The oil and trucking industry sued to block California's new carbon fuel regulations Tuesday, saying the rules will raise costs but do little to reduce greenhouse gas emissions.
In a lawsuit filed in U.S. District Court in Fresno, lobbyists for oil refiners, truckers and other groups charged that the state's "low carbon fuel standard" is unconstitutional.
While not as well known as AB 32, the state's landmark climate-change legislation, the fuel standard is an important element of California's attempt to fight global warming.
It's a thicket of regulations that says transportation fuels must reduce their "carbon intensity," starting next year. It not only targets the carbon content of a fuel but also examines the amount of carbon emitted to produce the fuel and haul it to its destination.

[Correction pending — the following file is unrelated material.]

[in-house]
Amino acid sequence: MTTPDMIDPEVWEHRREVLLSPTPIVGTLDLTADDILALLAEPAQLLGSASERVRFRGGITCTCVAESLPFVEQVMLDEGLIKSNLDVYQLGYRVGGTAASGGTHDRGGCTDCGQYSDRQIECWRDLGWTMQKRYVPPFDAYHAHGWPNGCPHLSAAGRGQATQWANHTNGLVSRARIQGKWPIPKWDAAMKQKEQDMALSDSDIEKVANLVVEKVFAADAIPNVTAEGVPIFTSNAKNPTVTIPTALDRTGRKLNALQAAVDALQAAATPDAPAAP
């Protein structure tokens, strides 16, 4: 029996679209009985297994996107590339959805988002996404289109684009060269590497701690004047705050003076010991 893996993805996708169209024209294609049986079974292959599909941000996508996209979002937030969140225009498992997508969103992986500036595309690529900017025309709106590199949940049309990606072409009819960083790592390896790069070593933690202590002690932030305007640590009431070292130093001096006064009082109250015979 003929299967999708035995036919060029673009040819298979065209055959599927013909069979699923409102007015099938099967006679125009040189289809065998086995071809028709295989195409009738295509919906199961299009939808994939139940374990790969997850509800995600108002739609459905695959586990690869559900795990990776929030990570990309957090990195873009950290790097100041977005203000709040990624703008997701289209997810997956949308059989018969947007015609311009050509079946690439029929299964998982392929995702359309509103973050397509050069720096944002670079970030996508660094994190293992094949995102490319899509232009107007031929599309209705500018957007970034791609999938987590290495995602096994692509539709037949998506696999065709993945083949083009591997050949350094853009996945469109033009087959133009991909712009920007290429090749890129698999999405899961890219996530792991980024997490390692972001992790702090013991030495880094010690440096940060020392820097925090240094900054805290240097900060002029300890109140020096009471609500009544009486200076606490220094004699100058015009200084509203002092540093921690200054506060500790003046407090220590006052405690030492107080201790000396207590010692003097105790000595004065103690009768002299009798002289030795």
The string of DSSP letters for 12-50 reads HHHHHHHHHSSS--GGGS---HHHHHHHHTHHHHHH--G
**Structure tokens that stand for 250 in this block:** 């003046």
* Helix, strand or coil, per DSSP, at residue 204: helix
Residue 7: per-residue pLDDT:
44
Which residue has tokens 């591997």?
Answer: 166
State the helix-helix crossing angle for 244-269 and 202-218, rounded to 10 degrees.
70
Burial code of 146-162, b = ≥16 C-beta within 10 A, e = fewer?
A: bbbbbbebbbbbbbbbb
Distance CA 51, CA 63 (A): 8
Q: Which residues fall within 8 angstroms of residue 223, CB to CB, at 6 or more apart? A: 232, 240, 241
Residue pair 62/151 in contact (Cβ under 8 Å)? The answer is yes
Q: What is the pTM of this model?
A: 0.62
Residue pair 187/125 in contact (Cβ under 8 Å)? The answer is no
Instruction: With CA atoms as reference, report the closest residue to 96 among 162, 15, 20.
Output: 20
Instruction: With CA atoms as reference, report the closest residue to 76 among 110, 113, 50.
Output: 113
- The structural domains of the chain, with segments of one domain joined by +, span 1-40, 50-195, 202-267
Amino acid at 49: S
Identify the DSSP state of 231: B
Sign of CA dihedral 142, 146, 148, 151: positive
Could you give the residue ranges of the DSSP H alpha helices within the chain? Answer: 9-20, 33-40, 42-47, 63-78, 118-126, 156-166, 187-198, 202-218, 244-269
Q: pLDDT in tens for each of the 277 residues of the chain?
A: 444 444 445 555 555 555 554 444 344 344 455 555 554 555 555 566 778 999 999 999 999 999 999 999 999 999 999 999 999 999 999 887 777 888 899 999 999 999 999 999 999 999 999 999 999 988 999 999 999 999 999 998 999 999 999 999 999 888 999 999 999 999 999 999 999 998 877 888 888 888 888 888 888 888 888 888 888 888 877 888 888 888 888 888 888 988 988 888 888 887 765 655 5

The California Air Resources Board, which adopted the standard last spring, says it will save billions of dollars by reducing oil consumption and encouraging new biofuels and electric-vehicle technologies. While the new fuels "in the beginning are going to be expensive," eventually costs will come down, said board member Dan Sperling, a professor at the University of California, Davis.
But in their lawsuit, the National Petrochemical & Refiners Association, American Trucking Associations and two other groups say the standard is a costly disaster.
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